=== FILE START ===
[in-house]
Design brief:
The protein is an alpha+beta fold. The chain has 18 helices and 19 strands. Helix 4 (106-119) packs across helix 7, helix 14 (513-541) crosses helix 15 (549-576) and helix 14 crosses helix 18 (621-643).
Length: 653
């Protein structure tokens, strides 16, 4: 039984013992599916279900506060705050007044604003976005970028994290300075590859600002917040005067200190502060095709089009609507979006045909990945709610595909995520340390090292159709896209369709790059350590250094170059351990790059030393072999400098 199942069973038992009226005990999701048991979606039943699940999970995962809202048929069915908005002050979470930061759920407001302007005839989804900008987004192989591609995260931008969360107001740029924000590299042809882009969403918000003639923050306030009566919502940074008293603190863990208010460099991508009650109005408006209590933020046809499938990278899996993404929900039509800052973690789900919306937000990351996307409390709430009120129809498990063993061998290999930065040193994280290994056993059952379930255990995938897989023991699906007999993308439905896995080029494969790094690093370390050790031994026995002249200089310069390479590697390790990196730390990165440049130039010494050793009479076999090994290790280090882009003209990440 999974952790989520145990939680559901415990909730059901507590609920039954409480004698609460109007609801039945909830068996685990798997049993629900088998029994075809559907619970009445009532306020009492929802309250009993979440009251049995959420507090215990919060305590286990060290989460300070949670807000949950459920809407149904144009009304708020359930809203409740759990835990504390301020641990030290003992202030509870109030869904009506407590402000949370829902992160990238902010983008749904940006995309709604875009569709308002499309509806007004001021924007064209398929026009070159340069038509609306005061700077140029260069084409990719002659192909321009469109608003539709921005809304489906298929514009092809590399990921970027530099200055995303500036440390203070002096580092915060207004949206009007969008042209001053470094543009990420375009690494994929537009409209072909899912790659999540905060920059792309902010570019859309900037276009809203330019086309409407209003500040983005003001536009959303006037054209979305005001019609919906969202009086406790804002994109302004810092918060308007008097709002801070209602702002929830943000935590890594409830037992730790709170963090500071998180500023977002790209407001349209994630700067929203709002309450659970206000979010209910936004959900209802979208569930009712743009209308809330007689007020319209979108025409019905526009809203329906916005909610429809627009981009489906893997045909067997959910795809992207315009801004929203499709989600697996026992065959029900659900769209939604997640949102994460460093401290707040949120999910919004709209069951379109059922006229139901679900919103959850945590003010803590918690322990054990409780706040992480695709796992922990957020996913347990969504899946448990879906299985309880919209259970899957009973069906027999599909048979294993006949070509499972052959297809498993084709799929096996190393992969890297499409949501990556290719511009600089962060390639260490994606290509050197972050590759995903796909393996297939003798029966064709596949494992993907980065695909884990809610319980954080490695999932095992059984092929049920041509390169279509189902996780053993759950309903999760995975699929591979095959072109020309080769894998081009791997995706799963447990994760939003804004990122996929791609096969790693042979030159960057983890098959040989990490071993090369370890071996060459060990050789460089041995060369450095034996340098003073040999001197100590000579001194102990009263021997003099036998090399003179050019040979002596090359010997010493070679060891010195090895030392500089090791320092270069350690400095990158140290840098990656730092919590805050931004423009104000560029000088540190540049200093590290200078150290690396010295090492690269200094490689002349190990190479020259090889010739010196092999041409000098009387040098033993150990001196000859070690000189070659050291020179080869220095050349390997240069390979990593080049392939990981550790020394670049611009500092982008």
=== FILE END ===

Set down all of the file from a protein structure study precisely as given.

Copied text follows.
[in-house]
Design brief:
The protein is an alpha+beta fold. The chain has 18 helices and 19 strands. Helix 4 (106-119) packs across helix 7, helix 14 (513-541) crosses helix 15 (549-576) and helix 14 crosses helix 18 (621-643).
Length: 653
């Protein structure tokens, strides 16, 4: 039984013992599916279900506060705050007044604003976005970028994290300075590859600002917040005067200190502060095709089009609507979006045909990945709610595909995520340390090292159709896209369709790059350590250094170059351990790059030393072999400098 199942069973038992009226005990999701048991979606039943699940999970995962809202048929069915908005002050979470930061759920407001302007005839989804900008987004192989591609995260931008969360107001740029924000590299042809882009969403918000003639923050306030009566919502940074008293603190863990208010460099991508009650109005408006209590933020046809499938990278899996993404929900039509800052973690789900919306937000990351996307409390709430009120129809498990063993061998290999930065040193994280290994056993059952379930255990995938897989023991699906007999993308439905896995080029494969790094690093370390050790031994026995002249200089310069390479590697390790990196730390990165440049130039010494050793009479076999090994290790280090882009003209990440 999974952790989520145990939680559901415990909730059901507590609920039954409480004698609460109007609801039945909830068996685990798997049993629900088998029994075809559907619970009445009532306020009492929802309250009993979440009251049995959420507090215990919060305590286990060290989460300070949670807000949950459920809407149904144009009304708020359930809203409740759990835990504390301020641990030290003992202030509870109030869904009506407590402000949370829902992160990238902010983008749904940006995309709604875009569709308002499309509806007004001021924007064209398929026009070159340069038509609306005061700077140029260069084409990719002659192909321009469109608003539709921005809304489906298929514009092809590399990921970027530099200055995303500036440390203070002096580092915060207004949206009007969008042209001053470094543009990420375009690494994929537009409209072909899912790659999540905060920059792309902010570019859309900037276009809203330019086309409407209003500040983005003001536009959303006037054209979305005001019609919906969202009086406790804002994109302004810092918060308007008097709002801070209602702002929830943000935590890594409830037992730790709170963090500071998180500023977002790209407001349209994630700067929203709002309450659970206000979010209910936004959900209802979208569930009712743009209308809330007689007020319209979108025409019905526009809203329906916005909610429809627009981009489906893997045909067997959910795809992207315009801004929203499709989600697996026992065959029900659900769209939604997640949102994460460093401290707040949120999910919004709209069951379109059922006229139901679900919103959850945590003010803590918690322990054990409780706040992480695709796992922990957020996913347990969504899946448990879906299985309880919209259970899957009973069906027999599909048979294993006949070509499972052959297809498993084709799929096996190393992969890297499409949501990556290719511009600089962060390639260490994606290509050197972050590759995903796909393996297939003798029966064709596949494992993907980065695909884990809610319980954080490695999932095992059984092929049920041509390169279509189902996780053993759950309903999760995975699929591979095959072109020309080769894998081009791997995706799963447990994760939003804004990122996929791609096969790693042979030159960057983890098959040989990490071993090369370890071996060459060990050789460089041995060369450095034996340098003073040999001197100590000579001194102990009263021997003099036998090399003179050019040979002596090359010997010493070679060891010195090895030392500089090791320092270069350690400095990158140290840098990656730092919590805050931004423009104000560029000088540190540049200093590290200078150290690396010295090492690269200094490689002349190990190479020259090889010739010196092999041409000098009387040098033993150990001196000859070690000189070659050291020179080869220095050349390997240069390979990593080049392939990981550790020394670049611009500092982008």